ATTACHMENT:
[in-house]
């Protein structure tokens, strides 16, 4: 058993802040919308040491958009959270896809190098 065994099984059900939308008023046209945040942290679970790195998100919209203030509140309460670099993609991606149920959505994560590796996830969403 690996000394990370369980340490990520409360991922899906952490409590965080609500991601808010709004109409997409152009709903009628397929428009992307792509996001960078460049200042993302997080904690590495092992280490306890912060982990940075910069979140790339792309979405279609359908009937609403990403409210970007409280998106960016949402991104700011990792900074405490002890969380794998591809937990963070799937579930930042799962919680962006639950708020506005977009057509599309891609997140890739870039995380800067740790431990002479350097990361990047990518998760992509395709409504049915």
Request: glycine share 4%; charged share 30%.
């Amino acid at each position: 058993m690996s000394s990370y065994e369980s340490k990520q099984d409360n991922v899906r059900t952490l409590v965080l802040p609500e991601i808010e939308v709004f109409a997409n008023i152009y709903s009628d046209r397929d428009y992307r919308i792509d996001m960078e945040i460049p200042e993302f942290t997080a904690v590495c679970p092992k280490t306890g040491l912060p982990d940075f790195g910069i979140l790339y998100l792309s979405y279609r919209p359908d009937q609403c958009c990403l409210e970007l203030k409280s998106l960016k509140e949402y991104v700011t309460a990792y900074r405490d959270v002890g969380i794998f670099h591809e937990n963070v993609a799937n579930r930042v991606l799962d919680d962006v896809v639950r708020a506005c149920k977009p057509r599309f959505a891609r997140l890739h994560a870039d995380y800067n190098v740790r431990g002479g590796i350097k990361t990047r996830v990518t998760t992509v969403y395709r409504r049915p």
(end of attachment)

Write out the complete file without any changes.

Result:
[in-house]
């Protein structure tokens, strides 16, 4: 058993802040919308040491958009959270896809190098 065994099984059900939308008023046209945040942290679970790195998100919209203030509140309460670099993609991606149920959505994560590796996830969403 690996000394990370369980340490990520409360991922899906952490409590965080609500991601808010709004109409997409152009709903009628397929428009992307792509996001960078460049200042993302997080904690590495092992280490306890912060982990940075910069979140790339792309979405279609359908009937609403990403409210970007409280998106960016949402991104700011990792900074405490002890969380794998591809937990963070799937579930930042799962919680962006639950708020506005977009057509599309891609997140890739870039995380800067740790431990002479350097990361990047990518998760992509395709409504049915």
Request: glycine share 4%; charged share 30%.
């Amino acid at each position: 058993m690996s000394s990370y065994e369980s340490k990520q099984d409360n991922v899906r059900t952490l409590v965080l802040p609500e991601i808010e939308v709004f109409a997409n008023i152009y709903s009628d046209r397929d428009y992307r919308i792509d996001m960078e945040i460049p200042e993302f942290t997080a904690v590495c679970p092992k280490t306890g040491l912060p982990d940075f790195g910069i979140l790339y998100l792309s979405y279609r919209p359908d009937q609403c958009c990403l409210e970007l203030k409280s998106l960016k509140e949402y991104v700011t309460a990792y900074r405490d959270v002890g969380i794998f670099h591809e937990n963070v993609a799937n579930r930042v991606l799962d919680d962006v896809v639950r708020a506005c149920k977009p057509r599309f959505a891609r997140l890739h994560a870039d995380y800067n190098v740790r431990g002479g590796i350097k990361t990047r996830v990518t998760t992509v969403y395709r409504r049915p």